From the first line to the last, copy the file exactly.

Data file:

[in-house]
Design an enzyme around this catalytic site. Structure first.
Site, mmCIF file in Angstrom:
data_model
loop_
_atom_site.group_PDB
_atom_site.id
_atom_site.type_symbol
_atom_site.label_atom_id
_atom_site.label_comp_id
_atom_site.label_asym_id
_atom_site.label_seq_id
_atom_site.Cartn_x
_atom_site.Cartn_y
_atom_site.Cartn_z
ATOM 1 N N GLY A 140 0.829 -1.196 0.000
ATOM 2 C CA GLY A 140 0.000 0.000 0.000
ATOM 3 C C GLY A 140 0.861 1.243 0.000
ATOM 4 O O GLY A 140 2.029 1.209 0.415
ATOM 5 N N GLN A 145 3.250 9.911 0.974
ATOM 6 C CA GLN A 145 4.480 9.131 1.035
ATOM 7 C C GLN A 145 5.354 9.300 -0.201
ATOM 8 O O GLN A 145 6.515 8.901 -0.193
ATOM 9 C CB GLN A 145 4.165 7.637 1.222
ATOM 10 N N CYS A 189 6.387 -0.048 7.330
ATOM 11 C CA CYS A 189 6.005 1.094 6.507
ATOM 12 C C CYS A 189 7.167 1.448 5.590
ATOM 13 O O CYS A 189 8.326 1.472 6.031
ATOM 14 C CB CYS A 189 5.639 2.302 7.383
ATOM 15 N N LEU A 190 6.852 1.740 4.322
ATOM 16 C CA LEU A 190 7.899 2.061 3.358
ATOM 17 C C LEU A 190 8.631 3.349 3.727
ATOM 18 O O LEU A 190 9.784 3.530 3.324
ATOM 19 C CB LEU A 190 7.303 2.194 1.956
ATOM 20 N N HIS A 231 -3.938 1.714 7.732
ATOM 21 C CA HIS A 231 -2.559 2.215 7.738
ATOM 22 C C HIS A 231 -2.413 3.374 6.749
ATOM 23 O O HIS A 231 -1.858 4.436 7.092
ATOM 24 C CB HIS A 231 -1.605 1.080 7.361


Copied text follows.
[in-house]
Design an enzyme around this catalytic site. Structure first.
Site, mmCIF file in Angstrom:
data_model
loop_
_atom_site.group_PDB
_atom_site.id
_atom_site.type_symbol
_atom_site.label_atom_id
_atom_site.label_comp_id
_atom_site.label_asym_id
_atom_site.label_seq_id
_atom_site.Cartn_x
_atom_site.Cartn_y
_atom_site.Cartn_z
ATOM 1 N N GLY A 140 0.829 -1.196 0.000
ATOM 2 C CA GLY A 140 0.000 0.000 0.000
ATOM 3 C C GLY A 140 0.861 1.243 0.000
ATOM 4 O O GLY A 140 2.029 1.209 0.415
ATOM 5 N N GLN A 145 3.250 9.911 0.974
ATOM 6 C CA GLN A 145 4.480 9.131 1.035
ATOM 7 C C GLN A 145 5.354 9.300 -0.201
ATOM 8 O O GLN A 145 6.515 8.901 -0.193
ATOM 9 C CB GLN A 145 4.165 7.637 1.222
ATOM 10 N N CYS A 189 6.387 -0.048 7.330
ATOM 11 C CA CYS A 189 6.005 1.094 6.507
ATOM 12 C C CYS A 189 7.167 1.448 5.590
ATOM 13 O O CYS A 189 8.326 1.472 6.031
ATOM 14 C CB CYS A 189 5.639 2.302 7.383
ATOM 15 N N LEU A 190 6.852 1.740 4.322
ATOM 16 C CA LEU A 190 7.899 2.061 3.358
ATOM 17 C C LEU A 190 8.631 3.349 3.727
ATOM 18 O O LEU A 190 9.784 3.530 3.324
ATOM 19 C CB LEU A 190 7.303 2.194 1.956
ATOM 20 N N HIS A 231 -3.938 1.714 7.732
ATOM 21 C CA HIS A 231 -2.559 2.215 7.738
ATOM 22 C C HIS A 231 -2.413 3.374 6.749
ATOM 23 O O HIS A 231 -1.858 4.436 7.092
ATOM 24 C CB HIS A 231 -1.605 1.080 7.361